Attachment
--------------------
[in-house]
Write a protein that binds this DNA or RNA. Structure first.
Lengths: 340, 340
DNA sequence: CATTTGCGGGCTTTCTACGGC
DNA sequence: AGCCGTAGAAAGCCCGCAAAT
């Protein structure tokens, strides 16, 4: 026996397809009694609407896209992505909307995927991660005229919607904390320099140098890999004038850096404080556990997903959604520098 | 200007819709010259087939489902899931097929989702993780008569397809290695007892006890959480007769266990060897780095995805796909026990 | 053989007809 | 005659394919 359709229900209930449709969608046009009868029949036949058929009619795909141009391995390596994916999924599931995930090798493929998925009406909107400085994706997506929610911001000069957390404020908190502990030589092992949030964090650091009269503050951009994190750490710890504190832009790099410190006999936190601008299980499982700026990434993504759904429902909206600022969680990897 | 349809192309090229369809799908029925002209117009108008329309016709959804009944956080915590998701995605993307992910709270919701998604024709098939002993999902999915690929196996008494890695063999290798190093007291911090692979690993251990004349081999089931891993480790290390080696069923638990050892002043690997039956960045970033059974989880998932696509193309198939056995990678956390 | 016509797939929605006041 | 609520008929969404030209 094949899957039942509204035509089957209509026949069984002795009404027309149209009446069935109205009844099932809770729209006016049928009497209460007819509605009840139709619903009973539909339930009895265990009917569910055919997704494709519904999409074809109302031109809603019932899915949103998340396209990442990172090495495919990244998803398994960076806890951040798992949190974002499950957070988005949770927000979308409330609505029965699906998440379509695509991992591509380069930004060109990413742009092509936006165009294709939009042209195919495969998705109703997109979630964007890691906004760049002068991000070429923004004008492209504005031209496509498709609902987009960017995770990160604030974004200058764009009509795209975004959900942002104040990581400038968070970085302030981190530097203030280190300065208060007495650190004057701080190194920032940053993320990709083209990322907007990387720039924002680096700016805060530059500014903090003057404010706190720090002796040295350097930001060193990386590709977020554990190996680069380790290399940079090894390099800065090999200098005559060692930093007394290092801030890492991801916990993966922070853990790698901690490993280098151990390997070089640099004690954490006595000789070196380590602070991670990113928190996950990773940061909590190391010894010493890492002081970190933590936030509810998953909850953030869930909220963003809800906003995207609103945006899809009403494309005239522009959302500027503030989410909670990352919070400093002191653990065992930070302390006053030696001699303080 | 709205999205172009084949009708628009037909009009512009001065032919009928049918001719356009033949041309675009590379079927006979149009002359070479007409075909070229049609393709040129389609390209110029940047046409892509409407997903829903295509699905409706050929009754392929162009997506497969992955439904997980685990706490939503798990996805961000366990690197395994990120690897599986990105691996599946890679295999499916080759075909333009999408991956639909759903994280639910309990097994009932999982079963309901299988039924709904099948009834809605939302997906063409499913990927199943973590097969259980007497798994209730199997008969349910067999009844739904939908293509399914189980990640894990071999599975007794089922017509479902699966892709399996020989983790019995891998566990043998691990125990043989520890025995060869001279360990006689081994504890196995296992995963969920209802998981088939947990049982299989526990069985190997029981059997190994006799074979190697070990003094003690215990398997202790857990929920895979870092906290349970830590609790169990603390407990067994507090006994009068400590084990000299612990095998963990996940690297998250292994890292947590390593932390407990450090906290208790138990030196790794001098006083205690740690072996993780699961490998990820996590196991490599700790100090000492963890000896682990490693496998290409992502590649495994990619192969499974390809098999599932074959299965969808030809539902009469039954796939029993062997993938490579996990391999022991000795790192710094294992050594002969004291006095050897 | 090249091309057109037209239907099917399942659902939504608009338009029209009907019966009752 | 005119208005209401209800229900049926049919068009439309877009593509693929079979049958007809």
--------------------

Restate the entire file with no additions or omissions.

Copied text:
[in-house]
Write a protein that binds this DNA or RNA. Structure first.
Lengths: 340, 340
DNA sequence: CATTTGCGGGCTTTCTACGGC
DNA sequence: AGCCGTAGAAAGCCCGCAAAT
């Protein structure tokens, strides 16, 4: 026996397809009694609407896209992505909307995927991660005229919607904390320099140098890999004038850096404080556990997903959604520098 | 200007819709010259087939489902899931097929989702993780008569397809290695007892006890959480007769266990060897780095995805796909026990 | 053989007809 | 005659394919 359709229900209930449709969608046009009868029949036949058929009619795909141009391995390596994916999924599931995930090798493929998925009406909107400085994706997506929610911001000069957390404020908190502990030589092992949030964090650091009269503050951009994190750490710890504190832009790099410190006999936190601008299980499982700026990434993504759904429902909206600022969680990897 | 349809192309090229369809799908029925002209117009108008329309016709959804009944956080915590998701995605993307992910709270919701998604024709098939002993999902999915690929196996008494890695063999290798190093007291911090692979690993251990004349081999089931891993480790290390080696069923638990050892002043690997039956960045970033059974989880998932696509193309198939056995990678956390 | 016509797939929605006041 | 609520008929969404030209 094949899957039942509204035509089957209509026949069984002795009404027309149209009446069935109205009844099932809770729209006016049928009497209460007819509605009840139709619903009973539909339930009895265990009917569910055919997704494709519904999409074809109302031109809603019932899915949103998340396209990442990172090495495919990244998803398994960076806890951040798992949190974002499950957070988005949770927000979308409330609505029965699906998440379509695509991992591509380069930004060109990413742009092509936006165009294709939009042209195919495969998705109703997109979630964007890691906004760049002068991000070429923004004008492209504005031209496509498709609902987009960017995770990160604030974004200058764009009509795209975004959900942002104040990581400038968070970085302030981190530097203030280190300065208060007495650190004057701080190194920032940053993320990709083209990322907007990387720039924002680096700016805060530059500014903090003057404010706190720090002796040295350097930001060193990386590709977020554990190996680069380790290399940079090894390099800065090999200098005559060692930093007394290092801030890492991801916990993966922070853990790698901690490993280098151990390997070089640099004690954490006595000789070196380590602070991670990113928190996950990773940061909590190391010894010493890492002081970190933590936030509810998953909850953030869930909220963003809800906003995207609103945006899809009403494309005239522009959302500027503030989410909670990352919070400093002191653990065992930070302390006053030696001699303080 | 709205999205172009084949009708628009037909009009512009001065032919009928049918001719356009033949041309675009590379079927006979149009002359070479007409075909070229049609393709040129389609390209110029940047046409892509409407997903829903295509699905409706050929009754392929162009997506497969992955439904997980685990706490939503798990996805961000366990690197395994990120690897599986990105691996599946890679295999499916080759075909333009999408991956639909759903994280639910309990097994009932999982079963309901299988039924709904099948009834809605939302997906063409499913990927199943973590097969259980007497798994209730199997008969349910067999009844739904939908293509399914189980990640894990071999599975007794089922017509479902699966892709399996020989983790019995891998566990043998691990125990043989520890025995060869001279360990006689081994504890196995296992995963969920209802998981088939947990049982299989526990069985190997029981059997190994006799074979190697070990003094003690215990398997202790857990929920895979870092906290349970830590609790169990603390407990067994507090006994009068400590084990000299612990095998963990996940690297998250292994890292947590390593932390407990450090906290208790138990030196790794001098006083205690740690072996993780699961490998990820996590196991490599700790100090000492963890000896682990490693496998290409992502590649495994990619192969499974390809098999599932074959299965969808030809539902009469039954796939029993062997993938490579996990391999022991000795790192710094294992050594002969004291006095050897 | 090249091309057109037209239907099917399942659902939504608009338009029209009907019966009752 | 005119208005209401209800229900049926049919068009439309877009593509693929079979049958007809």